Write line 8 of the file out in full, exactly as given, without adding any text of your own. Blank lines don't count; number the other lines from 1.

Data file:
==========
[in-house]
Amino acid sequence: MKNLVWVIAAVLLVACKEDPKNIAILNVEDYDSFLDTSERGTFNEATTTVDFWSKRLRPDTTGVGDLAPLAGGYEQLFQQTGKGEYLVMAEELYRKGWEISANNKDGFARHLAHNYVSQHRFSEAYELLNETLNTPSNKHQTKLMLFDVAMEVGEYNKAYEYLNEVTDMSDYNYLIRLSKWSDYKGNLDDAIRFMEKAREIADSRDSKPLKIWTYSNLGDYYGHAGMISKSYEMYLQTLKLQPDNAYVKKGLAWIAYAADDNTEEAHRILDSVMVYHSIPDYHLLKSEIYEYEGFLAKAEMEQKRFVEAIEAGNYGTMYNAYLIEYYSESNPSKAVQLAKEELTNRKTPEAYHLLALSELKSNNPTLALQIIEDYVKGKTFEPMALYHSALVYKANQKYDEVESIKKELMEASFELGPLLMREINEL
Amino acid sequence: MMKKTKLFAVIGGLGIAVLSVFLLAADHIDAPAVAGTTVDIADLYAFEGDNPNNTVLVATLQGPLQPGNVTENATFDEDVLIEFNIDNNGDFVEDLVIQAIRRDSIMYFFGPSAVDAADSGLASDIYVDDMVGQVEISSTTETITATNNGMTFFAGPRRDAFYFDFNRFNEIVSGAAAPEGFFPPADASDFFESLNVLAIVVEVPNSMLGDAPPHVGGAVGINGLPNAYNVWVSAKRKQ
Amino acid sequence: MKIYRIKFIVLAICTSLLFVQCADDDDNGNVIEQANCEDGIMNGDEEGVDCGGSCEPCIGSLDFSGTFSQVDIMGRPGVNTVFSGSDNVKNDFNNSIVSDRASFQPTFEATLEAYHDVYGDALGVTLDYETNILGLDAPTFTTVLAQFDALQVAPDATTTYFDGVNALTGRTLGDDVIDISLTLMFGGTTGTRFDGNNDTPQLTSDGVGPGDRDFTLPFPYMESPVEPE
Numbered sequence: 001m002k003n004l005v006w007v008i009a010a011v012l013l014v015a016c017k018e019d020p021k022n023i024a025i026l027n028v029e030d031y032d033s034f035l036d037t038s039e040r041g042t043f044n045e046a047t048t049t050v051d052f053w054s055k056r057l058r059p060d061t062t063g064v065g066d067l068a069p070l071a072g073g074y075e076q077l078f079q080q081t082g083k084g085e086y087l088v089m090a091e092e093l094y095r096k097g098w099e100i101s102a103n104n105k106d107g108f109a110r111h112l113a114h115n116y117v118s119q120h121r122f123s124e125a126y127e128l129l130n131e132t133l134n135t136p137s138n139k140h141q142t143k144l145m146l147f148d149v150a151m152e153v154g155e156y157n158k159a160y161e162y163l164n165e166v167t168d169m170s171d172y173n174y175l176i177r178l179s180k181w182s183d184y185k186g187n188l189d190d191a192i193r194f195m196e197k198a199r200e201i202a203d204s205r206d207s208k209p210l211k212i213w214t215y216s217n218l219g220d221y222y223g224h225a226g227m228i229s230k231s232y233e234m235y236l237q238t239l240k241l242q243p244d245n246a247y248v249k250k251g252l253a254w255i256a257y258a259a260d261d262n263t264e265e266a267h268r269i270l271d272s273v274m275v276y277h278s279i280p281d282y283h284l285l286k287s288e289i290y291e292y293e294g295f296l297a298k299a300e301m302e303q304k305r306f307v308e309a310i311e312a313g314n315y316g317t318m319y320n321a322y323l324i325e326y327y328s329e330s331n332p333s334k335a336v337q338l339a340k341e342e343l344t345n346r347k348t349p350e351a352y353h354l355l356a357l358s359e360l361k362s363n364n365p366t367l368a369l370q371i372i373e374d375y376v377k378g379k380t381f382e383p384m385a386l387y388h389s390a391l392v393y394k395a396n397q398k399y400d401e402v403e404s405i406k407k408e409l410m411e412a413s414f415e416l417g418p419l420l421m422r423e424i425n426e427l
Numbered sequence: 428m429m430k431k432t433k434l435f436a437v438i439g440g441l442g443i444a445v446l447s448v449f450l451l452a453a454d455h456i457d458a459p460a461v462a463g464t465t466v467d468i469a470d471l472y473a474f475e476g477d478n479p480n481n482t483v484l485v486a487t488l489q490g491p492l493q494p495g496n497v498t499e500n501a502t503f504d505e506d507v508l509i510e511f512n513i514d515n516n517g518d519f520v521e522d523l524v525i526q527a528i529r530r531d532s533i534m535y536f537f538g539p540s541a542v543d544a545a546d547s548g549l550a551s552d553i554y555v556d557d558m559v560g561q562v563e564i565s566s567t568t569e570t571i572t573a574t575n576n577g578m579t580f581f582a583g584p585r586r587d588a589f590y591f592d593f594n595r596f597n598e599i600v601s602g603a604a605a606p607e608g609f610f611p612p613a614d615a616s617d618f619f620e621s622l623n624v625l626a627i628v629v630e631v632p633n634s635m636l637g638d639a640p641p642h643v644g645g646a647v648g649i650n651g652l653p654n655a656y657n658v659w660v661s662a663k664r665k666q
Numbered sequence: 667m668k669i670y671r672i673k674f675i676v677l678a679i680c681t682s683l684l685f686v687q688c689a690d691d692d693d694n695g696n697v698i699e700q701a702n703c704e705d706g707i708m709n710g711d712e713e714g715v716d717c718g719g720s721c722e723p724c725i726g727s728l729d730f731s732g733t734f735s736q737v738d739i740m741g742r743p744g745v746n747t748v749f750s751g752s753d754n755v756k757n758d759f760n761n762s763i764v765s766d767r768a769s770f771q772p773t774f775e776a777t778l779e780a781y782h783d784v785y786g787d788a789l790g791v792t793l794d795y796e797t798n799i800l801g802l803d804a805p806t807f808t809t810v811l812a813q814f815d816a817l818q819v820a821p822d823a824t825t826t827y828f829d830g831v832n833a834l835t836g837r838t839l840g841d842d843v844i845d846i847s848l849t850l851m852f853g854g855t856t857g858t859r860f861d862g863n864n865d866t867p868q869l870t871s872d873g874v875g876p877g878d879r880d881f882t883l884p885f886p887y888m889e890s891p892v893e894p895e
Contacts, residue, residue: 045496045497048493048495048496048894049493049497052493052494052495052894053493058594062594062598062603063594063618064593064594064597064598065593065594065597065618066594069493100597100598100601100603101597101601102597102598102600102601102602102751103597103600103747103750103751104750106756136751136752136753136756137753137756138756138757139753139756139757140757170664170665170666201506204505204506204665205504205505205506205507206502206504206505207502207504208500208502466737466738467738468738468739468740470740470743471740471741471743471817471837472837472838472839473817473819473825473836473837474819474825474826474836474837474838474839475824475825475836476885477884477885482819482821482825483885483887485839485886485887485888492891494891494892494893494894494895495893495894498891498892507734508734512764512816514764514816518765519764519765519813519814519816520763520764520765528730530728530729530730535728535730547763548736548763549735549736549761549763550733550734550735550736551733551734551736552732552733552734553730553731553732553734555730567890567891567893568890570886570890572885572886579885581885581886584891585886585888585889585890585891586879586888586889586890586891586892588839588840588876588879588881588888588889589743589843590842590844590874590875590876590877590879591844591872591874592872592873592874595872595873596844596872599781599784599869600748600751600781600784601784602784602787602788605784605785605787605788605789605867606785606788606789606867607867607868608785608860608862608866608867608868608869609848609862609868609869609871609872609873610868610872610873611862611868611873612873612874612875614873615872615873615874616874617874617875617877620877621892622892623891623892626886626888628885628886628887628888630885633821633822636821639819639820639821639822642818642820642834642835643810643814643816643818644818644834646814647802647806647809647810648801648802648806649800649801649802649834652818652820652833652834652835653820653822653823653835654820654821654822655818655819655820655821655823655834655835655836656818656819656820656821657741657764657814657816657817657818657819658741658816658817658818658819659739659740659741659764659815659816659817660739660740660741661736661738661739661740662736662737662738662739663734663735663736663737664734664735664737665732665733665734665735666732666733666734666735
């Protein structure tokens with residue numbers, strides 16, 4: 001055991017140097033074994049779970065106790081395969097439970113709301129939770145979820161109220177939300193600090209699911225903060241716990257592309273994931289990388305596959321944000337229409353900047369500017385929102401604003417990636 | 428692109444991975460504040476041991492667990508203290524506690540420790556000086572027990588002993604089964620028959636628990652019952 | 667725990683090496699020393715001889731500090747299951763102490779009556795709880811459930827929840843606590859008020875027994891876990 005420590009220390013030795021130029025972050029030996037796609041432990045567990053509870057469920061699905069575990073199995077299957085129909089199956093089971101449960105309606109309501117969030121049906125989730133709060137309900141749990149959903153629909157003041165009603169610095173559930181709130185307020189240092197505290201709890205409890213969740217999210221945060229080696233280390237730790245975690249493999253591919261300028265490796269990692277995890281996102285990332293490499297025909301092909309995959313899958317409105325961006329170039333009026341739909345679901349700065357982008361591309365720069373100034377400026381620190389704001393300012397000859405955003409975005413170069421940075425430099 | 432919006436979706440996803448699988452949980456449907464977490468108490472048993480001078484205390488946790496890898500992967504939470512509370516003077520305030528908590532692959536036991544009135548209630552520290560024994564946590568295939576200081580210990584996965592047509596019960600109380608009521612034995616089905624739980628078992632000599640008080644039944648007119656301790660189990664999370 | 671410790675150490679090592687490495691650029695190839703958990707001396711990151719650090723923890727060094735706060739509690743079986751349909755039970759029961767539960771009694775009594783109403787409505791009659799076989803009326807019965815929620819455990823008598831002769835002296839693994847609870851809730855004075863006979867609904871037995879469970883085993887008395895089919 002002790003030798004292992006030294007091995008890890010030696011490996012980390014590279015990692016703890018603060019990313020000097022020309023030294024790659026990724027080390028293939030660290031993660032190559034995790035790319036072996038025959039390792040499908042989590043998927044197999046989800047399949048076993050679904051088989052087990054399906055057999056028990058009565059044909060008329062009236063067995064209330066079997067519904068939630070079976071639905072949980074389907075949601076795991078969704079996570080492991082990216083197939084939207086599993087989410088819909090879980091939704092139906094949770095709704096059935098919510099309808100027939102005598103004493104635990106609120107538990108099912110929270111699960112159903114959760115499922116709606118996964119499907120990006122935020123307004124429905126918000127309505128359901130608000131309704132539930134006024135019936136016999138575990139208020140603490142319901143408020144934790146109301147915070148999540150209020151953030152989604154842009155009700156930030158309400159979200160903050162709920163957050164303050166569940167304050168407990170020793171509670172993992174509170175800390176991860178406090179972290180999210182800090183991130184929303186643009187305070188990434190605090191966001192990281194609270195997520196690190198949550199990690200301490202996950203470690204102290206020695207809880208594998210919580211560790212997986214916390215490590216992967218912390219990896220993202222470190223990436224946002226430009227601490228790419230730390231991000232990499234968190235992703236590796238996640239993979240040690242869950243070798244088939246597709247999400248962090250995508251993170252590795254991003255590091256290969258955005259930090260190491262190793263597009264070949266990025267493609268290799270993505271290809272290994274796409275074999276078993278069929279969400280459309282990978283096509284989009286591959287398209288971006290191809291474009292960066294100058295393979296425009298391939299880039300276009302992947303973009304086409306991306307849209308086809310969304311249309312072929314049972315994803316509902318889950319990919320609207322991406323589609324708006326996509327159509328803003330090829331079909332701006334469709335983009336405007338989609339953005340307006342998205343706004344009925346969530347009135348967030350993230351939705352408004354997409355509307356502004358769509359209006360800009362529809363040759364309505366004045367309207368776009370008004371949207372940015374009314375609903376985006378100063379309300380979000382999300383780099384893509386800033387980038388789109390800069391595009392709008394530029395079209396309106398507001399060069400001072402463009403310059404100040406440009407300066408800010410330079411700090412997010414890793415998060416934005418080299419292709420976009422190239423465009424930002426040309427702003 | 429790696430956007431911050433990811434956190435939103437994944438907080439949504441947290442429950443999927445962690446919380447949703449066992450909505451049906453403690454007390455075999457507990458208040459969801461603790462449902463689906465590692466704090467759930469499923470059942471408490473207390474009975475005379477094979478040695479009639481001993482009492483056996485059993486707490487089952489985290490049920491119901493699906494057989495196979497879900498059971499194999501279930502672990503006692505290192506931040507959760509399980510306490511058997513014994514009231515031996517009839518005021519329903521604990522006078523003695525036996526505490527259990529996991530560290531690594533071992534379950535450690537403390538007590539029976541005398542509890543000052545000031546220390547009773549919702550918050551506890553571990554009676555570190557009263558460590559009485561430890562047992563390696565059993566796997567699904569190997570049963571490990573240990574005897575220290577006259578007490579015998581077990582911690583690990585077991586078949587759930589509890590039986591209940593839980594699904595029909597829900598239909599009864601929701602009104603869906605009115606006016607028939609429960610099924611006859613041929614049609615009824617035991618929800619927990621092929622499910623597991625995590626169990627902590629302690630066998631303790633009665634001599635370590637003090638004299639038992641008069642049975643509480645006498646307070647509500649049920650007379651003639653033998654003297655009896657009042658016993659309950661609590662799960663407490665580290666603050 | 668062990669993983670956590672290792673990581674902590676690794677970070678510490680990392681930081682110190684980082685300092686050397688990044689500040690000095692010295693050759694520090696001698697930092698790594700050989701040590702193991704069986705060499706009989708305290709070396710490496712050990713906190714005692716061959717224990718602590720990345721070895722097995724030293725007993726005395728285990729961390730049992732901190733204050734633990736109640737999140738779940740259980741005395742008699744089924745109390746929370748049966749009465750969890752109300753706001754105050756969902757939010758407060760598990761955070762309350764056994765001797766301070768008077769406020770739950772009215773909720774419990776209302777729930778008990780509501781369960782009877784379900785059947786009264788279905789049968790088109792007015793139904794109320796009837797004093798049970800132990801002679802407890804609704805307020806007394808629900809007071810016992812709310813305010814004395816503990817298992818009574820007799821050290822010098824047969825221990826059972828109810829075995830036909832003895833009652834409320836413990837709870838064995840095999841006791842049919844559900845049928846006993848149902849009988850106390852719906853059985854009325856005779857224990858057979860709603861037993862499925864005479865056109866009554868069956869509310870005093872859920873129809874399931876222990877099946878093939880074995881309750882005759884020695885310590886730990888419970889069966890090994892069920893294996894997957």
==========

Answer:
Contacts, residue, residue: 045496045497048493048495048496048894049493049497052493052494052495052894053493058594062594062598062603063594063618064593064594064597064598065593065594065597065618066594069493100597100598100601100603101597101601102597102598102600102601102602102751103597103600103747103750103751104750106756136751136752136753136756137753137756138756138757139753139756139757140757170664170665170666201506204505204506204665205504205505205506205507206502206504206505207502207504208500208502466737466738467738468738468739468740470740470743471740471741471743471817471837472837472838472839473817473819473825473836473837474819474825474826474836474837474838474839475824475825475836476885477884477885482819482821482825483885483887485839485886485887485888492891494891494892494893494894494895495893495894498891498892507734508734512764512816514764514816518765519764519765519813519814519816520763520764520765528730530728530729530730535728535730547763548736548763549735549736549761549763550733550734550735550736551733551734551736552732552733552734553730553731553732553734555730567890567891567893568890570886570890572885572886579885581885581886584891585886585888585889585890585891586879586888586889586890586891586892588839588840588876588879588881588888588889589743589843590842590844590874590875590876590877590879591844591872591874592872592873592874595872595873596844596872599781599784599869600748600751600781600784601784602784602787602788605784605785605787605788605789605867606785606788606789606867607867607868608785608860608862608866608867608868608869609848609862609868609869609871609872609873610868610872610873611862611868611873612873612874612875614873615872615873615874616874617874617875617877620877621892622892623891623892626886626888628885628886628887628888630885633821633822636821639819639820639821639822642818642820642834642835643810643814643816643818644818644834646814647802647806647809647810648801648802648806649800649801649802649834652818652820652833652834652835653820653822653823653835654820654821654822655818655819655820655821655823655834655835655836656818656819656820656821657741657764657814657816657817657818657819658741658816658817658818658819659739659740659741659764659815659816659817660739660740660741661736661738661739661740662736662737662738662739663734663735663736663737664734664735664737665732665733665734665735666732666733666734666735